- Smart thermostat: Smart thermostats can have many accessibility features. Touch controls can make it easier for people with fine motor skill impairments to use, large digital displays can make them easier for seniors to read, and remote controls can make them more accessible throughout the house.
- Hardwood floors: Hardwood floors are typically easiest for wheeled mobility aids to maneuver on, such as wheelchairs, walkers, and scooters. It may be a worthwhile investment if you or a loved one uses a wheeled mobility aid and has difficulty maneuvering on carpeted flooring.
Laundry Rooms or linen closets may have limited space, but there are still ways that you can maximize accessibility:
- Accessible Appliances: As we’ve mentioned before, digital displays, loud alerts, and touch activation are all accessible appliance features. When it comes to laundry, having a front loader, which is easier to access from a seated position, is another way to make laundry more accessible.
- Easy-to-access area: Maneuverability is important for people who use mobility aids. For laundry, this means that machines should have direct front access and be at an appropriate height. If the laundry machines are kept in a closet, you may consider removing the doors for ease of access.
- Accessible laundry accessories: There are laundry accessories that can make the process easier for people with mobility impairments. Things like rollable laundry carts, a retractable clothesline, or an adjustable ironing board are all accessible options. These accessories are not only easier to use, but they can be safer.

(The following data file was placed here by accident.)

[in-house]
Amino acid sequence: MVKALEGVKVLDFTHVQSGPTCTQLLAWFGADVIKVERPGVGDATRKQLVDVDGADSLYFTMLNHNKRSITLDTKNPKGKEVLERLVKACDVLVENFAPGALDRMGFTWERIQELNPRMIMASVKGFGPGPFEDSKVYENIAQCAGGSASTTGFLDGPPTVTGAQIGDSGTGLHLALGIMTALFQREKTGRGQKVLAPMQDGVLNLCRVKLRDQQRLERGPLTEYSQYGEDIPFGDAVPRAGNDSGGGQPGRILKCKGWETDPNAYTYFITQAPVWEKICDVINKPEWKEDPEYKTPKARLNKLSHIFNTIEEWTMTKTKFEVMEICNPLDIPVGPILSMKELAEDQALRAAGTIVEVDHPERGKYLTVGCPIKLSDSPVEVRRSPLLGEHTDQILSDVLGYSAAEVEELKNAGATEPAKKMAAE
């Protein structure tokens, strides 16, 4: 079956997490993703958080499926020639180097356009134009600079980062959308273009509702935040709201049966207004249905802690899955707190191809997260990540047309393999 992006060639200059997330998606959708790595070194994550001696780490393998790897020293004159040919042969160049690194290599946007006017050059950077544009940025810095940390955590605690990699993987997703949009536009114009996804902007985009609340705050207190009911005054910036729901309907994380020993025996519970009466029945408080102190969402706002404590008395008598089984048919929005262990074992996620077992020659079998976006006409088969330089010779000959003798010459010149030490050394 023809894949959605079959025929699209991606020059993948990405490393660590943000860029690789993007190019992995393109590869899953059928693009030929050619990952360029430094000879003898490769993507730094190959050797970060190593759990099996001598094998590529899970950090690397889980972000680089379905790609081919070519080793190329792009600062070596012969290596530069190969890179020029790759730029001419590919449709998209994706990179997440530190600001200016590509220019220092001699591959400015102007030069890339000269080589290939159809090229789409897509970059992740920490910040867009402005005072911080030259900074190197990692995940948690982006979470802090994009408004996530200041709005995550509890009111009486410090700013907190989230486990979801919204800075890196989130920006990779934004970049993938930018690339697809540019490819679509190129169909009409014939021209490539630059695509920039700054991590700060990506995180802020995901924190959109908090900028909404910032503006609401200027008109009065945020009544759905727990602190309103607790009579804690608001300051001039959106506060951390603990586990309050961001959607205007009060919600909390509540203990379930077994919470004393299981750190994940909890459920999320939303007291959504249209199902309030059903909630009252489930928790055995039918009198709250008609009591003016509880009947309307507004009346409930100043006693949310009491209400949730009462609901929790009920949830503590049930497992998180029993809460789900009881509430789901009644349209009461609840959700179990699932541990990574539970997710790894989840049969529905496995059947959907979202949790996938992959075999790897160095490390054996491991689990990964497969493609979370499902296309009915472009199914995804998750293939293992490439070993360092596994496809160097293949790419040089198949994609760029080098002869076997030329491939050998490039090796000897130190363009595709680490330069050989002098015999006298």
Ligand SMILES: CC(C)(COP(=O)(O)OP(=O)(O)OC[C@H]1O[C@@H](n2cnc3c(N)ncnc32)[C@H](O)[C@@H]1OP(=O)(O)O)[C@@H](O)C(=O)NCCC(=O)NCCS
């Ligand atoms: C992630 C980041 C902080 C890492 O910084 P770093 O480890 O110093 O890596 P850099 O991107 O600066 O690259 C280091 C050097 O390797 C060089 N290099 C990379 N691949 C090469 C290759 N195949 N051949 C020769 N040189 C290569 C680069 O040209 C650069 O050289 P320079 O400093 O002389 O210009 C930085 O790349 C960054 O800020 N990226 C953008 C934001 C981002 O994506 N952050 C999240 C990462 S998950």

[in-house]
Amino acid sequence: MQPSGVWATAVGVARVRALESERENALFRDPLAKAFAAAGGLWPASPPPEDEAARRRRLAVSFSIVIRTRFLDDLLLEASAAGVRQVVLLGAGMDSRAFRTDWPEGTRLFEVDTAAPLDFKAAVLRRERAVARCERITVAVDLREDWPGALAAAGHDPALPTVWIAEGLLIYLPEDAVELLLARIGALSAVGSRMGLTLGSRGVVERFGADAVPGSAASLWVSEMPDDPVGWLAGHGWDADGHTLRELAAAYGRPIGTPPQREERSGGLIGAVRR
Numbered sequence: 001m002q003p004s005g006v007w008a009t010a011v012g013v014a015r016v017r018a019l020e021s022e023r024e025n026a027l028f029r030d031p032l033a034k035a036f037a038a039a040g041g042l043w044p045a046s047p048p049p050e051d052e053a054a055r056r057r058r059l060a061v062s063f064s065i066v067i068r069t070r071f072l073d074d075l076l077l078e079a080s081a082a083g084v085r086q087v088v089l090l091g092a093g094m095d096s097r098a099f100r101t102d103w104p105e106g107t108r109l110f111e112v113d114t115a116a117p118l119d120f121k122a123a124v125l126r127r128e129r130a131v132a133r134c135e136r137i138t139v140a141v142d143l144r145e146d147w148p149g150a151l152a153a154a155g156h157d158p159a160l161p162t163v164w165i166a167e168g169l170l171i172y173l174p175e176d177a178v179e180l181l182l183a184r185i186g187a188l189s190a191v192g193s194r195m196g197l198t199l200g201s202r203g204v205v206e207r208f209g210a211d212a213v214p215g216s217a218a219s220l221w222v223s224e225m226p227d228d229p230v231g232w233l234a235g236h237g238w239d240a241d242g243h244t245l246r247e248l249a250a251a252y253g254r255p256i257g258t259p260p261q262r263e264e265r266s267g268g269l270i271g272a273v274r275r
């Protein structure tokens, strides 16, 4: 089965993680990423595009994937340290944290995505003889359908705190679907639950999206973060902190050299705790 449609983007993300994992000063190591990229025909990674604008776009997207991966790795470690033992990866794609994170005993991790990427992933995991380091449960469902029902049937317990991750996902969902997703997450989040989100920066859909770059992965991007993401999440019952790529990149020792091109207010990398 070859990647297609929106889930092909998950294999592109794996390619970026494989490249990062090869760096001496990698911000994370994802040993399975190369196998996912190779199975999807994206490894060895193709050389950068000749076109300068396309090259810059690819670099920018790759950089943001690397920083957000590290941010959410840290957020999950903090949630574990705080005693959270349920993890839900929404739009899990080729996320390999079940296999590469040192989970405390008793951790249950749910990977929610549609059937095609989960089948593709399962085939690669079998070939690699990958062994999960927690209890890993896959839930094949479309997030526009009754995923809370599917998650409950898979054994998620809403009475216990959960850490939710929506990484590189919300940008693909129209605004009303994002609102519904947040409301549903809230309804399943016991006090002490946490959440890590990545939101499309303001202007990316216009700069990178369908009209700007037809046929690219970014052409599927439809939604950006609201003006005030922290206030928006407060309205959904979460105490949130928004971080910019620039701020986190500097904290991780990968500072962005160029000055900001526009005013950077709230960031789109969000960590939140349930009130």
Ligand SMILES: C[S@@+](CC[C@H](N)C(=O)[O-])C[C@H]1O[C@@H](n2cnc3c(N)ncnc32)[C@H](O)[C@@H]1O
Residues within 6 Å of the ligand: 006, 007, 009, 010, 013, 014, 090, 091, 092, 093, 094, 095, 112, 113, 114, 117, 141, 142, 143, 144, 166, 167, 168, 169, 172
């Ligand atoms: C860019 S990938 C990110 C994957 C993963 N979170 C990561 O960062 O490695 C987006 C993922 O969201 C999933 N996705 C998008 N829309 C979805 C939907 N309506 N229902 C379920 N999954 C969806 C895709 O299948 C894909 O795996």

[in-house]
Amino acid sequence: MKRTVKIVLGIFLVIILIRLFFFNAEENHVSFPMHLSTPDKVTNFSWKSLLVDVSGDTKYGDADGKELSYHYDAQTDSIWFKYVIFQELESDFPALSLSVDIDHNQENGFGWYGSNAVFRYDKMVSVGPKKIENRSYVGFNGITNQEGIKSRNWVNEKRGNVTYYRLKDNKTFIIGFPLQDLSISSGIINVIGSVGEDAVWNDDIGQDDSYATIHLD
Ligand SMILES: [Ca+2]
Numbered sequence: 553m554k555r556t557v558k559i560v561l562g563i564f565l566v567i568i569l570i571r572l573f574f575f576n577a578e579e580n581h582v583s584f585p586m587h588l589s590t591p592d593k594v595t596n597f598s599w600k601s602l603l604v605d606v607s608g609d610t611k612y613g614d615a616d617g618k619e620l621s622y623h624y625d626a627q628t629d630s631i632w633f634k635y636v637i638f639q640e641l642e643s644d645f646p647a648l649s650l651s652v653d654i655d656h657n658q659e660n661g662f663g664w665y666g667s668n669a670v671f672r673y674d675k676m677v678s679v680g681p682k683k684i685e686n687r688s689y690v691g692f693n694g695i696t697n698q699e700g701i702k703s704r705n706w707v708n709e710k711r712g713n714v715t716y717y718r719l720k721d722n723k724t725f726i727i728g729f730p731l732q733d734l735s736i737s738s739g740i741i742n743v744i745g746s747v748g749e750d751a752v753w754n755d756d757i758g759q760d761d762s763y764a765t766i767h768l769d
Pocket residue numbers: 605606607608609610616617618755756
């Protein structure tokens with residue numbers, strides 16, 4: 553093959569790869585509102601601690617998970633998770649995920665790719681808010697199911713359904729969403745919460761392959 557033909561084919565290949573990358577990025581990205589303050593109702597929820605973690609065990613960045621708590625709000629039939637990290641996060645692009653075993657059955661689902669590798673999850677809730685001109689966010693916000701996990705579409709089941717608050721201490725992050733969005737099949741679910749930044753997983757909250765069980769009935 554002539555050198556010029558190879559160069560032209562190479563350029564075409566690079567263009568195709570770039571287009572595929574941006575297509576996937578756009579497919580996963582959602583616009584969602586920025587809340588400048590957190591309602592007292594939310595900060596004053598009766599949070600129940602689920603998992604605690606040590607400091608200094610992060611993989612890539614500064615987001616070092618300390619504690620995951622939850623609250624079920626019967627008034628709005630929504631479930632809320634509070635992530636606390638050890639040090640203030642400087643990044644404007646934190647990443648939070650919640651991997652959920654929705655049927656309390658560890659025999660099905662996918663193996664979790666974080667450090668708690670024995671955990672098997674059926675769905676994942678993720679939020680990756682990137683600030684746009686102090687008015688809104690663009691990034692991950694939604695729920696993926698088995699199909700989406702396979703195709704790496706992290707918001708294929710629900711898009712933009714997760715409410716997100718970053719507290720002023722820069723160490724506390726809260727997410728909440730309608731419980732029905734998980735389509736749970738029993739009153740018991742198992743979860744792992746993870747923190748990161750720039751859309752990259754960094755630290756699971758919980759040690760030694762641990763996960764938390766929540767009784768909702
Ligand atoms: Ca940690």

- Pull-out shelves: This is another accessible feature for the laundry room. Pull-out shelves can be placed at a lower height, be easy to manage with one hand, and can be a space saver in a limited area, such as a laundry room.
Garage, Entries, and Outdoors
Garages and outdoor spaces can be the cause of fall risks to seniors and people with mobility aids. Poor outdoor lighting, uneven steps, and overgrown plants are all hazards that can be made easily more accessible:
- Keeping plants trimmed and walkways clear: Overgrown vegetation can crowd walkways, causing issues for individuals using a mobility aid. It can also be a tripping hazard for seniors with or without a mobility aid.
- Handrails: Handrails or handgrips near outdoor doorways and steps can help seniors reduce fall risks when going outside, as well as assist people who use mobility aids with their balance.
- Widen paths: Widening paths can make it easier for people with mobility aids to get around outdoor spaces. It can also make it easier for caretakers assisting seniors or individuals with mobility impairments outdoors.
- Lighting: Increasing outdoor lighting can help improve outdoor visibility. This can allow seniors who may have trouble seeing at night to spend more time in their outdoor spaces without increasing fall risks.
- Patch concrete: Uneven concrete can be a falling hazard for seniors and individuals with mobility disabilities. Mobility aids can get stuck on large cracks and can even be impassable. High-traffic areas, like driveways, garages, and courtyards should all be patched for accessibility.
- Timer systems: Putting outdoor systems, such as lights or sprinklers, on timers can be helpful for seniors and people with mobility disabilities. By having set timers, seniors no longer have to worry about forgetting something is on, and people with mobility disabilities don’t have to worry about turning off a system that may be at an inaccessible height or place.
Should You DIY or Hire a Contractor?
Different levels of home renovation and remodeling may require different levels of training. For example: installing a brighter lightbulb to increase light in a room is an easy DIY fix. However, if you’re wanting to install new wiring, a new lighting fixture, or lower electrical outlets for accessibility, you’ll want to hire a licensed electrician or contractor. When trying to decide if you should DIY something, you can ask yourself these questions:
- Do I have all the necessary tools and parts for this project?
- Is this project dangerous if done incorrectly?